At 86, Polycarp was led into the crowded Smyrna stadium to be burned alive. The flames did not harm him and he was finally killed by a dagger. The centurion ordered the saint's body burned. The "Acts" of Polycarp's martyrdom are the earliest preserved, fully reliable account of a Christian martyr's death. He died in 155.

Polycarp was recognized as a Christian leader by all Asia Minor Christians—a strong fortress of faith and loyalty to Jesus Christ. His own strength emerged from his trust in God, even when events contradicted this trust. Living among pagans and under a government opposed to the new religion, he led and fed his flock. Like the Good Shepherd, he laid down his life for his sheep and kept them from more persecution in Smyrna. He summarized his trust in God just before he died: "Father… I bless Thee, for having made me worthy of the day and the hour…" (Acts of Martyrdom, Chapter 14).

Saint Polycarp is the Patron Saint of:


Friday of the First Week of Lent

Reading 1 Ez 18:21-28

Thus says the Lord GOD:
If the wicked man turns away from all the sins he committed,
if he keeps all my statutes and does what is right and just,
he shall surely live, he shall not die.
None of the crimes he committed shall be remembered against him;
he shall live because of the virtue he has practiced.
Do I indeed derive any pleasure from the death of the wicked?
says the Lord GOD.
Do I not rather rejoice when he turns from his evil way
that he may live?

And if the virtuous man turns from the path of virtue to do evil,
the same kind of abominable things that the wicked man does,
can he do this and still live?
None of his virtuous deeds shall be remembered,
because he has broken faith and committed sin;
because of this, he shall die.
You say, "The LORD's way is not fair!"
Hear now, house of Israel:
Is it my way that is unfair, or rather, are not your ways unfair?
When someone virtuous turns away from virtue to commit iniquity, and dies,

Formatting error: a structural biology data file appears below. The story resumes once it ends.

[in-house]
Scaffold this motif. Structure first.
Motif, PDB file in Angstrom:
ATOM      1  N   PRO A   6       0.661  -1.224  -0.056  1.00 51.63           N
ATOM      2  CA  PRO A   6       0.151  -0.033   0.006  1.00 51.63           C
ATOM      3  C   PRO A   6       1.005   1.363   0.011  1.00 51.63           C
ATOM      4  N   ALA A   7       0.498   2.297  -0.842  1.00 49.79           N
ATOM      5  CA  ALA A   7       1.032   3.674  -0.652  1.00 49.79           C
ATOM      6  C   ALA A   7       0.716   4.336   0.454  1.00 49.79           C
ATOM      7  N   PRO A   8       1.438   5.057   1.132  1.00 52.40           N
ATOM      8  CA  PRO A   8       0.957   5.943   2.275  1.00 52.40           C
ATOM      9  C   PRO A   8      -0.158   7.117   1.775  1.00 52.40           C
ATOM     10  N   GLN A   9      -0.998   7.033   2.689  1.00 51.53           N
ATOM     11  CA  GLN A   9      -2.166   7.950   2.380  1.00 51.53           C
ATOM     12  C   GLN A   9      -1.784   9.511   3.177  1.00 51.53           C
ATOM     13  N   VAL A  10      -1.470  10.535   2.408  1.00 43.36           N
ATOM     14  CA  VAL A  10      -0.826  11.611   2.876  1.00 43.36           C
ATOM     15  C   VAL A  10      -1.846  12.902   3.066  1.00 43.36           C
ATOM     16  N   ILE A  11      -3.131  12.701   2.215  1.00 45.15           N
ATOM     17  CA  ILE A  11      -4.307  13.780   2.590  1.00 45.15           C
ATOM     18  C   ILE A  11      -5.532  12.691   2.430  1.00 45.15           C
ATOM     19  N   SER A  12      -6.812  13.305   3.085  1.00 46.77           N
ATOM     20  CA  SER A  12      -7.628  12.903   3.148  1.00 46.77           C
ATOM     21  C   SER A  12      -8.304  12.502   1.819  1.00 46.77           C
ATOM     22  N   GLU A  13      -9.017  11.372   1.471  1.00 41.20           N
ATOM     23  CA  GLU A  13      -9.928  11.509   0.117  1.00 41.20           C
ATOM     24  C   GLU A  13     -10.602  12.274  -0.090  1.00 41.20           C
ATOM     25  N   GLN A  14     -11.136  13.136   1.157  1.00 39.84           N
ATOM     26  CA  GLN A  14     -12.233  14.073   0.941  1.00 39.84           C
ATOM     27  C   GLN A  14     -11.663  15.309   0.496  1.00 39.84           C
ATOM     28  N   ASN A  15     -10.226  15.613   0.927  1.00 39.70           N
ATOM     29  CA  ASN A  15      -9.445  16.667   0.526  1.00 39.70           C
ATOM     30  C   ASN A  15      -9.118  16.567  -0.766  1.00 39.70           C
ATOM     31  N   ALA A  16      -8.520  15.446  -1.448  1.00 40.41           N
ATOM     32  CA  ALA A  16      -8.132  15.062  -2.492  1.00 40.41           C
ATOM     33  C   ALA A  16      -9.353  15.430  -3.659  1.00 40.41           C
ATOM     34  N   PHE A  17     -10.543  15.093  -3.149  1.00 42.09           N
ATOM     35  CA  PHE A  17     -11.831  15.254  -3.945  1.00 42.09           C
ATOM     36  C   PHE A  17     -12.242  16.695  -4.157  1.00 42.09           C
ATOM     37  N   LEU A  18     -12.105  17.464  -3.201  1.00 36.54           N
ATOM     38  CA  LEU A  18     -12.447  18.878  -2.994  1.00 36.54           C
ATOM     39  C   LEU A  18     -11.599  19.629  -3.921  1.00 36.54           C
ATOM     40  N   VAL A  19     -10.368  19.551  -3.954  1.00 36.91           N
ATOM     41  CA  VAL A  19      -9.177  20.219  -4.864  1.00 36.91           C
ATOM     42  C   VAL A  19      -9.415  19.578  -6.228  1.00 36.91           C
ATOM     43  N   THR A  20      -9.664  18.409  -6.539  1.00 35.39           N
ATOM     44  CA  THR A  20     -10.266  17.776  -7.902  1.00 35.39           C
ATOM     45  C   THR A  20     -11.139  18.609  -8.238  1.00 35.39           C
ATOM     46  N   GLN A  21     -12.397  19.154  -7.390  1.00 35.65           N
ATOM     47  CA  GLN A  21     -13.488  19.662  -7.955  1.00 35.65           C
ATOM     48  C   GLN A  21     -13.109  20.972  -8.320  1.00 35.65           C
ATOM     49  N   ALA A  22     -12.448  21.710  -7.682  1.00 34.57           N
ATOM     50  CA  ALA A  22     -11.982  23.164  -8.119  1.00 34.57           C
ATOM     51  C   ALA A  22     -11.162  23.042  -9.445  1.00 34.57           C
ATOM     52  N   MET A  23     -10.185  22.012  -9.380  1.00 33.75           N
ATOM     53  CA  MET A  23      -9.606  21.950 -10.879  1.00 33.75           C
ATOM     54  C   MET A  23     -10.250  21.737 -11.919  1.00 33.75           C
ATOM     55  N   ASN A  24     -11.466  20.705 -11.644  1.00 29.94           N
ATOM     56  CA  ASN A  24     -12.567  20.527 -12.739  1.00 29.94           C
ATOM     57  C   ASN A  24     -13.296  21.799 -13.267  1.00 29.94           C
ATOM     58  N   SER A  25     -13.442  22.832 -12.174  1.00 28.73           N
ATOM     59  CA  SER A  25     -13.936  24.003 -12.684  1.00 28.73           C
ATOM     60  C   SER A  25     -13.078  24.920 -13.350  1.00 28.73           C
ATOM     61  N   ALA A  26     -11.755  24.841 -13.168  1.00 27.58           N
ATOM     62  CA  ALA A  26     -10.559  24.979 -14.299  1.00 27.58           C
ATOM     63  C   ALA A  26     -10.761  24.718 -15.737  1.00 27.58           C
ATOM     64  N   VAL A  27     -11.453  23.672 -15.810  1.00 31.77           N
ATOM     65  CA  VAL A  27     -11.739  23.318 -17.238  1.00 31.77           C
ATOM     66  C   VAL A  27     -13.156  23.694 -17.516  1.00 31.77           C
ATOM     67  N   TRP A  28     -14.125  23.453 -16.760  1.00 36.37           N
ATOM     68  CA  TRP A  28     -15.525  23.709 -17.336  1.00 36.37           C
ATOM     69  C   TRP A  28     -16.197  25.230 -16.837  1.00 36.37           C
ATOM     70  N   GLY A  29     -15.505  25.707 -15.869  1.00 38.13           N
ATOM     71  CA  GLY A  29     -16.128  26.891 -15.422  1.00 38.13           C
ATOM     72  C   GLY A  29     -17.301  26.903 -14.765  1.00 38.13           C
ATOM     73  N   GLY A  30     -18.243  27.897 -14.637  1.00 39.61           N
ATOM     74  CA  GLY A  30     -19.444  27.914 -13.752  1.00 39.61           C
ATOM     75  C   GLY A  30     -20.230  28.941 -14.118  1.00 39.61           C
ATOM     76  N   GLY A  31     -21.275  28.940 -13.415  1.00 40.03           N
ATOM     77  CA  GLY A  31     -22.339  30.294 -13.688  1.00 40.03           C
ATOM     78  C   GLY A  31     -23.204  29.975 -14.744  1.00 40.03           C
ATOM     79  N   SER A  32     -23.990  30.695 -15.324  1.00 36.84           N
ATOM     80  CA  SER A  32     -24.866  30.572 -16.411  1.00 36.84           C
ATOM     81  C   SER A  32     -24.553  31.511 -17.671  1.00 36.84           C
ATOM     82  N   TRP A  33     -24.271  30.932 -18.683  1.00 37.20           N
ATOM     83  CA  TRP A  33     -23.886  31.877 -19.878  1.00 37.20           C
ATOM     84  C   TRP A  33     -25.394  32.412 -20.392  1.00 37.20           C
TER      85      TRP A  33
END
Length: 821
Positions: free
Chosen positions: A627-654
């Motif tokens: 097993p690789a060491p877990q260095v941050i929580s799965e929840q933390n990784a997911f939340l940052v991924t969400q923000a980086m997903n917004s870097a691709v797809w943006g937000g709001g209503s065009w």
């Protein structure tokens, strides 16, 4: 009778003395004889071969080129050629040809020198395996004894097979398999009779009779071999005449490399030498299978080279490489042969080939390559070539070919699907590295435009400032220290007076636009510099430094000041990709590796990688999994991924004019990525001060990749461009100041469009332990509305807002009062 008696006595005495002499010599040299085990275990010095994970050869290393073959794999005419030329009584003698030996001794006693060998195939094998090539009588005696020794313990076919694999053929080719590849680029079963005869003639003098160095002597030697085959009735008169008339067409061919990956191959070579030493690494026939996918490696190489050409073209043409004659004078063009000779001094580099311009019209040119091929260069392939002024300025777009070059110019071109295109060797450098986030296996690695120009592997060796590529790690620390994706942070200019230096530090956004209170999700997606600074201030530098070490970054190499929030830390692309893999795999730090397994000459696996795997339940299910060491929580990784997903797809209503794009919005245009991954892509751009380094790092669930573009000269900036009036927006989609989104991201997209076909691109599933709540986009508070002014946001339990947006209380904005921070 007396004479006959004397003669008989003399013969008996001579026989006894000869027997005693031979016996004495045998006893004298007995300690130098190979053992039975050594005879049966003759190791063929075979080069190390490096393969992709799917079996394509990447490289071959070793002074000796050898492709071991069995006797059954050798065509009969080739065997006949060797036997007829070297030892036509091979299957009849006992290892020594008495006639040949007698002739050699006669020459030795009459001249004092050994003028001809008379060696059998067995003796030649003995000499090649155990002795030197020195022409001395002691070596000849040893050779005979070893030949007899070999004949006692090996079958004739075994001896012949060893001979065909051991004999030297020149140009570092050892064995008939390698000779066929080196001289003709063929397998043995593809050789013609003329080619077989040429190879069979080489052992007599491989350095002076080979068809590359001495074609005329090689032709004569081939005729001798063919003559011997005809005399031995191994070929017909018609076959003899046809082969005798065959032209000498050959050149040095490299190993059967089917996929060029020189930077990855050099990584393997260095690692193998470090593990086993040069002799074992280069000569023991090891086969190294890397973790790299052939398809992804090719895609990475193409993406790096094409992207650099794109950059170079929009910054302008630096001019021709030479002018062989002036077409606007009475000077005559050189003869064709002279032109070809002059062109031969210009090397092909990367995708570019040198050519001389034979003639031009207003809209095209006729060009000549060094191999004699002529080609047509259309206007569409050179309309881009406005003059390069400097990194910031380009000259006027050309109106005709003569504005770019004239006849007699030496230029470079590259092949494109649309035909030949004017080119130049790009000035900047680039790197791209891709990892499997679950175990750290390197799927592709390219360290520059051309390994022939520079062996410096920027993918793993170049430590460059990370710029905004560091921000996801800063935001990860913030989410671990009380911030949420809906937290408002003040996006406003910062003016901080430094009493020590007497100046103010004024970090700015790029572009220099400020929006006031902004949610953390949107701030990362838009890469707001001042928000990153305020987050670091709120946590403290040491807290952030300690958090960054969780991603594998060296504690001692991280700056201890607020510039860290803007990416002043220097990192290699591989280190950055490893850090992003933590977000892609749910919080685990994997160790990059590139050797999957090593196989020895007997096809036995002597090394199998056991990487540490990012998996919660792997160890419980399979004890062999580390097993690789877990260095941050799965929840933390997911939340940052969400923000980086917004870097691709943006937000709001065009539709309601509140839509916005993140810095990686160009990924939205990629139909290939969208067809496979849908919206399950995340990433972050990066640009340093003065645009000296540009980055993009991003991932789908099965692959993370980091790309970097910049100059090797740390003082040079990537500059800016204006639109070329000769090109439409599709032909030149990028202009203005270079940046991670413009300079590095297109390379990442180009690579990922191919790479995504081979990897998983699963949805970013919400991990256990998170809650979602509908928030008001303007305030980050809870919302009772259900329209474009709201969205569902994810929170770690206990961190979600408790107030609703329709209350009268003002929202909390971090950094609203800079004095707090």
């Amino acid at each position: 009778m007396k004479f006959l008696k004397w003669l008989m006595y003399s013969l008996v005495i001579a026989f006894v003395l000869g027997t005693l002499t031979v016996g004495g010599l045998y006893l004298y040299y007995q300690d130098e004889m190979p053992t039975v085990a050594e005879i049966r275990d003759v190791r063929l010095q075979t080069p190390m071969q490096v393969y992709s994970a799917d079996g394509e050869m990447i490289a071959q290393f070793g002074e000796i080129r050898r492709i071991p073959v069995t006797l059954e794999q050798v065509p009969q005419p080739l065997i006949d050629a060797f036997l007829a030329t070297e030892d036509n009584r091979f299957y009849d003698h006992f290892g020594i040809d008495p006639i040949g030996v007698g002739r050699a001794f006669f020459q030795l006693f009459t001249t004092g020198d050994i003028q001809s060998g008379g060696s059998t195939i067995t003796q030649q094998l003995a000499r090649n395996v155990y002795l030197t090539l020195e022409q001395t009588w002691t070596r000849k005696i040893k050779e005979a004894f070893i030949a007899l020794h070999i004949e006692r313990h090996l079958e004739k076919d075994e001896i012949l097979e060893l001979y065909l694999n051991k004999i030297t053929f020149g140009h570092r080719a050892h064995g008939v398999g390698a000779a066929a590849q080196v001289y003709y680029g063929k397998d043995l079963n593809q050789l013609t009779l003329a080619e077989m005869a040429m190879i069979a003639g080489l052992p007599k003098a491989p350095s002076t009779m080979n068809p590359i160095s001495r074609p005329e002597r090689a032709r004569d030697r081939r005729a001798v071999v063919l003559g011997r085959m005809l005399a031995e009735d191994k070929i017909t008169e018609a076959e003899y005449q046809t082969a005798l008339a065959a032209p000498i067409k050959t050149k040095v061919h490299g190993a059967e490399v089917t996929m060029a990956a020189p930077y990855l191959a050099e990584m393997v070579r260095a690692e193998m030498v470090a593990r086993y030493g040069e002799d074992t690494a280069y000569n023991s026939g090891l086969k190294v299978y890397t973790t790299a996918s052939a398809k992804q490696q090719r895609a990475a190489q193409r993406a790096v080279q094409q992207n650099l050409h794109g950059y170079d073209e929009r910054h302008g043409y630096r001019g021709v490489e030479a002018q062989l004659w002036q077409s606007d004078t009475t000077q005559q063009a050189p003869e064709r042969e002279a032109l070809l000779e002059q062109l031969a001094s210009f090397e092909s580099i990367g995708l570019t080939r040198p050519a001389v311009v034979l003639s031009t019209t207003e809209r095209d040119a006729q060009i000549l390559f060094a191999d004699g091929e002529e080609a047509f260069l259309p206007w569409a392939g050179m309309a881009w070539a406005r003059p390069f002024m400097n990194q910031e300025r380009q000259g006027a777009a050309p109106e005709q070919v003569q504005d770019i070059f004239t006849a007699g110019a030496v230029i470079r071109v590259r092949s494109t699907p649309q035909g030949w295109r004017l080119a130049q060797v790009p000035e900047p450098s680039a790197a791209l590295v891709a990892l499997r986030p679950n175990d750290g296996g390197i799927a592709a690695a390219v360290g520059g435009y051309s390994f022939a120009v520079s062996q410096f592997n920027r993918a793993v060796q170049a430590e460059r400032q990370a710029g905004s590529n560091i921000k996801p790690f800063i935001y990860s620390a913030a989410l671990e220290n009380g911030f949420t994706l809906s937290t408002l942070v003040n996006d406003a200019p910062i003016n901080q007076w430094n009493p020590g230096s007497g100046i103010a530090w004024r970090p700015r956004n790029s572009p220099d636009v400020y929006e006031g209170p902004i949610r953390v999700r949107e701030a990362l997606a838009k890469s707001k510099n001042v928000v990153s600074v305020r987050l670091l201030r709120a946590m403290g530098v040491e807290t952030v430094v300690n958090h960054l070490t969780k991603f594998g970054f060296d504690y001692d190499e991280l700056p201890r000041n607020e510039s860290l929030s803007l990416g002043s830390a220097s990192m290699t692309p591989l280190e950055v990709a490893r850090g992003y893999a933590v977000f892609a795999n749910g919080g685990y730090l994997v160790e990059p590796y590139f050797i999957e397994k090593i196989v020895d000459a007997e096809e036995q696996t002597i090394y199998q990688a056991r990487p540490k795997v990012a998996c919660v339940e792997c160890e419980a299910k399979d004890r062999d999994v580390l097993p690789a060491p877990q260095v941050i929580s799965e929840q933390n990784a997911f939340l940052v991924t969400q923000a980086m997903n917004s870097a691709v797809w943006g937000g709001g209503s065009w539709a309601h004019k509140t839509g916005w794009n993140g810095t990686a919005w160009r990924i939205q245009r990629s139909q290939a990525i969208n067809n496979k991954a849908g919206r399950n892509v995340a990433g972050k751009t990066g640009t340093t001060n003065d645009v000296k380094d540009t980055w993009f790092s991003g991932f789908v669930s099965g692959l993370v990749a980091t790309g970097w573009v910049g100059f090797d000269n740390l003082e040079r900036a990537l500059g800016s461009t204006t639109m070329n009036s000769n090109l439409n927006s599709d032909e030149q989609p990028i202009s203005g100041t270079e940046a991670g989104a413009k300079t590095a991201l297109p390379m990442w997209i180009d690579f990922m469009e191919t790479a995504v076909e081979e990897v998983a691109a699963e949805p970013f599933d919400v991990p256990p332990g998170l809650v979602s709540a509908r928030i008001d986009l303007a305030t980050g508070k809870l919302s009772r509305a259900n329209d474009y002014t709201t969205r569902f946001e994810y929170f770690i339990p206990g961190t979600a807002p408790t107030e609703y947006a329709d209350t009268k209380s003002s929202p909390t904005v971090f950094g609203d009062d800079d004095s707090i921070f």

it is because of the iniquity he committed that he must die.
But if the wicked, turning from the wickedness he has committed,
does what is right and just,
he shall preserve his life;
since he has turned away from all the sins that he committed,
he shall surely live, he shall not die.

Responsorial Psalm Ps 130:1-2, 3-4, 5-7a, 7bc-8
R. (3) If you, O Lord, mark iniquities, who can stand?
Out of the depths I cry to you, O LORD;
LORD, hear my voice!
Let your ears be attentive
to my voice in supplication.
R. If you, O Lord, mark iniquities, who can stand?
If you, O LORD, mark iniquities,
LORD, who can stand?
But with you is forgiveness,
that you may be revered.
R. If you, O Lord, mark iniquities, who can stand?
I trust in the LORD;
my soul trusts in his word.
My soul waits for the LORD
more than sentinels wait for the dawn.
Let Israel wait for the LORD.
R. If you, O Lord, mark iniquities, who can stand?
For with the LORD is kindness
and with him is plenteous redemption;
And he will redeem Israel
from all their iniquities.
R. If you, O Lord, mark iniquities, who can stand?

Verse Before the Gospel Ez 18:31
Cast away from you all the crimes you have committed, says the LORD,
And make for yourselves a new heart and a new spirit.

Gospel Mt 5:20-26

Jesus said to his disciples:
"I tell you,
unless your righteousness surpasses that
of the scribes and Pharisees,
you will not enter into the Kingdom of heaven.

"You have heard that it was said to your ancestors,
You shall not kill; and whoever kills will be liable to judgment.
But I say to you, whoever is angry with his brother
will be liable to judgment,
and whoever says to his brother, Raqa,
will be answerable to the Sanhedrin,
and whoever says, 'You fool,' will be liable to fiery Gehenna.
Therefore, if you bring your gift to the altar,
and there recall that your brother
has anything against you,
leave your gift there at the altar,